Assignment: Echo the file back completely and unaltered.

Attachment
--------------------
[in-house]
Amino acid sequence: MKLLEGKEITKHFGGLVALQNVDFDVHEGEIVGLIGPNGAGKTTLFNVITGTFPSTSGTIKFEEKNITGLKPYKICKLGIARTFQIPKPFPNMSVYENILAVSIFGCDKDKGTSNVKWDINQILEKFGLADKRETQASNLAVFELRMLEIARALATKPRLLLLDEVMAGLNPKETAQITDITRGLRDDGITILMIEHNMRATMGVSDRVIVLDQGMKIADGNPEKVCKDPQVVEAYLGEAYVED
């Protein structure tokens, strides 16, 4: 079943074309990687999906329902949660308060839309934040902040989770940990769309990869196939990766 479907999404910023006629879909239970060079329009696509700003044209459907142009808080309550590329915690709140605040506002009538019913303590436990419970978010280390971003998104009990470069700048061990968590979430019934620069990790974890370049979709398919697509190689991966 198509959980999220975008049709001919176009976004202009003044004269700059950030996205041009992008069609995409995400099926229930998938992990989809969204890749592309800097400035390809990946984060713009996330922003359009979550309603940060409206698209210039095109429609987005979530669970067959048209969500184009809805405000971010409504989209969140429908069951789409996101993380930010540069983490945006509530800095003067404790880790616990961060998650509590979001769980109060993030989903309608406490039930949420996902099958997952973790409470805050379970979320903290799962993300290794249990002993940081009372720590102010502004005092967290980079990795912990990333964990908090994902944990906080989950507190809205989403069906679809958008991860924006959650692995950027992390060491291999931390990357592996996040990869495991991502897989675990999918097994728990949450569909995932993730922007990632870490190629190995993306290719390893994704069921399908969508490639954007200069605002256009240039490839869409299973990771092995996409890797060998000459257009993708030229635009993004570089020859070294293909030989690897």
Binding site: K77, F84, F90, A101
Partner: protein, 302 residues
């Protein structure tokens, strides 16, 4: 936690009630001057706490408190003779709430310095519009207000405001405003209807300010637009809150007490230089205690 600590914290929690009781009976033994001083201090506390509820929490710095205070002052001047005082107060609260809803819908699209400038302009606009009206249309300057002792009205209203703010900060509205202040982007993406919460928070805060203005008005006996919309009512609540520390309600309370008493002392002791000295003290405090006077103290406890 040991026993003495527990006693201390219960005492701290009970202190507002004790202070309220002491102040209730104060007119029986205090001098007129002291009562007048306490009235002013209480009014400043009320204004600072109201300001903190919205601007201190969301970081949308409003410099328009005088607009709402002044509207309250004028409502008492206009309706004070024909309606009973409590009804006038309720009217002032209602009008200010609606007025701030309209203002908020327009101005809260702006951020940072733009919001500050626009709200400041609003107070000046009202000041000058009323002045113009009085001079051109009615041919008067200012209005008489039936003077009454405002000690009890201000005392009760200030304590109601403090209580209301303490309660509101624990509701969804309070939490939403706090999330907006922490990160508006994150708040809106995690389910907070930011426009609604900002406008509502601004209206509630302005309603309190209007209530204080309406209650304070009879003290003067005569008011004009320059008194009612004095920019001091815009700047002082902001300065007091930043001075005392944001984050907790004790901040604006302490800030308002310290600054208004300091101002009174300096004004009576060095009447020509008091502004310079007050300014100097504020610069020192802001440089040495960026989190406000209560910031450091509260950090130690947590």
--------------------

[in-house]
Amino acid sequence: MKLLEGKEITKHFGGLVALQNVDFDVHEGEIVGLIGPNGAGKTTLFNVITGTFPSTSGTIKFEEKNITGLKPYKICKLGIARTFQIPKPFPNMSVYENILAVSIFGCDKDKGTSNVKWDINQILEKFGLADKRETQASNLAVFELRMLEIARALATKPRLLLLDEVMAGLNPKETAQITDITRGLRDDGITILMIEHNMRATMGVSDRVIVLDQGMKIADGNPEKVCKDPQVVEAYLGEAYVED
């Protein structure tokens, strides 16, 4: 079943074309990687999906329902949660308060839309934040902040989770940990769309990869196939990766 479907999404910023006629879909239970060079329009696509700003044209459907142009808080309550590329915690709140605040506002009538019913303590436990419970978010280390971003998104009990470069700048061990968590979430019934620069990790974890370049979709398919697509190689991966 198509959980999220975008049709001919176009976004202009003044004269700059950030996205041009992008069609995409995400099926229930998938992990989809969204890749592309800097400035390809990946984060713009996330922003359009979550309603940060409206698209210039095109429609987005979530669970067959048209969500184009809805405000971010409504989209969140429908069951789409996101993380930010540069983490945006509530800095003067404790880790616990961060998650509590979001769980109060993030989903309608406490039930949420996902099958997952973790409470805050379970979320903290799962993300290794249990002993940081009372720590102010502004005092967290980079990795912990990333964990908090994902944990906080989950507190809205989403069906679809958008991860924006959650692995950027992390060491291999931390990357592996996040990869495991991502897989675990999918097994728990949450569909995932993730922007990632870490190629190995993306290719390893994704069921399908969508490639954007200069605002256009240039490839869409299973990771092995996409890797060998000459257009993708030229635009993004570089020859070294293909030989690897």
Binding site: K77, F84, F90, A101
Partner: protein, 302 residues
């Protein structure tokens, strides 16, 4: 936690009630001057706490408190003779709430310095519009207000405001405003209807300010637009809150007490230089205690 600590914290929690009781009976033994001083201090506390509820929490710095205070002052001047005082107060609260809803819908699209400038302009606009009206249309300057002792009205209203703010900060509205202040982007993406919460928070805060203005008005006996919309009512609540520390309600309370008493002392002791000295003290405090006077103290406890 040991026993003495527990006693201390219960005492701290009970202190507002004790202070309220002491102040209730104060007119029986205090001098007129002291009562007048306490009235002013209480009014400043009320204004600072109201300001903190919205601007201190969301970081949308409003410099328009005088607009709402002044509207309250004028409502008492206009309706004070024909309606009973409590009804006038309720009217002032209602009008200010609606007025701030309209203002908020327009101005809260702006951020940072733009919001500050626009709200400041609003107070000046009202000041000058009323002045113009009085001079051109009615041919008067200012209005008489039936003077009454405002000690009890201000005392009760200030304590109601403090209580209301303490309660509101624990509701969804309070939490939403706090999330907006922490990160508006994150708040809106995690389910907070930011426009609604900002406008509502601004209206509630302005309603309190209007209530204080309406209650304070009879003290003067005569008011004009320059008194009612004095920019001091815009700047002082902001300065007091930043001075005392944001984050907790004790901040604006302490800030308002310290600054208004300091101002009174300096004004009576060095009447020509008091502004310079007050300014100097504020610069020192802001440089040495960026989190406000209560910031450091509260950090130690947590």